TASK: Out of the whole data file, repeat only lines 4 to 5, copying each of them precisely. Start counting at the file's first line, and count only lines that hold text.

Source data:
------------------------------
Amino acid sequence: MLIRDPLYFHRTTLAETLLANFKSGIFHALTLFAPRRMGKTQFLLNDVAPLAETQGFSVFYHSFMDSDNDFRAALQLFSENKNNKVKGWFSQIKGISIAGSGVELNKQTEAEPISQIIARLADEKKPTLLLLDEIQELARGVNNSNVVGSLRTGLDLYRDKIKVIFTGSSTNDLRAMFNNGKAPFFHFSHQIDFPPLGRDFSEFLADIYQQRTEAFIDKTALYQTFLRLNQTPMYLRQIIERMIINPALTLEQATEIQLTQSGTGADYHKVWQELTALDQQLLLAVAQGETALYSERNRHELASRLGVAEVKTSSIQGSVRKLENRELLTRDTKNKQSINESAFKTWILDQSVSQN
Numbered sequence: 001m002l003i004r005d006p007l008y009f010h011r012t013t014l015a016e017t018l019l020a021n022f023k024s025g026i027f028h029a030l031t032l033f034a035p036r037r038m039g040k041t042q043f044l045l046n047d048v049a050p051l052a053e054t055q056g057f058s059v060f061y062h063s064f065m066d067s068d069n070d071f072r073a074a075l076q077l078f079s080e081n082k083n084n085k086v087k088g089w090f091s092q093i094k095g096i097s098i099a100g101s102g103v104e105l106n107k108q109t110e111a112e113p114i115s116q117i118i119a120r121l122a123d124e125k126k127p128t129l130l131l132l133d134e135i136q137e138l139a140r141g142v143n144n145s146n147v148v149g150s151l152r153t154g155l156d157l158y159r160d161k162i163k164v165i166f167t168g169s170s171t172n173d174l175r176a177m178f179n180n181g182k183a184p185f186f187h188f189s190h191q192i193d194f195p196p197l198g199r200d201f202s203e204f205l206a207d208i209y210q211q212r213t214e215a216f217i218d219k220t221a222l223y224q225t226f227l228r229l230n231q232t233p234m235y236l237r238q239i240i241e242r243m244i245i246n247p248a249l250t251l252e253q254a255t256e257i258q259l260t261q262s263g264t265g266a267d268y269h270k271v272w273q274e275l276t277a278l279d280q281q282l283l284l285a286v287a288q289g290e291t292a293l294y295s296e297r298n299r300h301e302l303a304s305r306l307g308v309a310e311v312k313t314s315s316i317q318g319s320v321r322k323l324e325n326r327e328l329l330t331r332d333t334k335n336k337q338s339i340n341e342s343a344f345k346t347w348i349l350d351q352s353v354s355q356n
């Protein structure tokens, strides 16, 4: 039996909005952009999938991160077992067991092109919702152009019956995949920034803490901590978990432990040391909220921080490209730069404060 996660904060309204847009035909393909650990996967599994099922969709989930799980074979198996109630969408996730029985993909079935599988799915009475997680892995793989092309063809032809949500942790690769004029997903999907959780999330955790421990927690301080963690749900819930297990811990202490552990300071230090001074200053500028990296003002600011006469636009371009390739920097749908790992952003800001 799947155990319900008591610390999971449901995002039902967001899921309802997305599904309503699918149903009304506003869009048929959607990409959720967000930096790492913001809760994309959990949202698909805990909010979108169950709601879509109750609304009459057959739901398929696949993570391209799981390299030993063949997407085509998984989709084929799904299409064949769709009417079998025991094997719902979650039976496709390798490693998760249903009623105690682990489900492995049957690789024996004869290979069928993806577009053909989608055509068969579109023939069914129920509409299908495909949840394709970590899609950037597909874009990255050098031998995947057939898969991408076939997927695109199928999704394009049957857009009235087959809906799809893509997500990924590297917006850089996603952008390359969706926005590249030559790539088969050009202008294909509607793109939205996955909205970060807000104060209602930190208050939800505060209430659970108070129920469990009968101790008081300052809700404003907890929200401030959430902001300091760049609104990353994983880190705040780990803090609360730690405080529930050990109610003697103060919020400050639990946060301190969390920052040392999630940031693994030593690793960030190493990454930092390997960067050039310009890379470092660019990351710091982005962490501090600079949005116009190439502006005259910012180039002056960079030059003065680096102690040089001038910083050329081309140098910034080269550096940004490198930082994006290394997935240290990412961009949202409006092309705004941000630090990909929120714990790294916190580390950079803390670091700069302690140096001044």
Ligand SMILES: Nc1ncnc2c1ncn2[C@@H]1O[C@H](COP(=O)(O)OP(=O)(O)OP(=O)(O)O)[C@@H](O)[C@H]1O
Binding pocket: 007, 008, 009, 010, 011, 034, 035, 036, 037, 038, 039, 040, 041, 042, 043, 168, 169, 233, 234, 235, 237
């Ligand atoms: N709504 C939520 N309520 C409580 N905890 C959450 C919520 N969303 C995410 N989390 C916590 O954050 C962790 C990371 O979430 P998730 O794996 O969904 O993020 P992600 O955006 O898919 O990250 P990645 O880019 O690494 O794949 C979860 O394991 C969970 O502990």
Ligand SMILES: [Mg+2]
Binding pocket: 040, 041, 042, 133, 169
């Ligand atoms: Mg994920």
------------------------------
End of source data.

Ligand SMILES: Nc1ncnc2c1ncn2[C@@H]1O[C@H](COP(=O)(O)OP(=O)(O)OP(=O)(O)O)[C@@H](O)[C@H]1O
Binding pocket: 007, 008, 009, 010, 011, 034, 035, 036, 037, 038, 039, 040, 041, 042, 043, 168, 169, 233, 234, 235, 237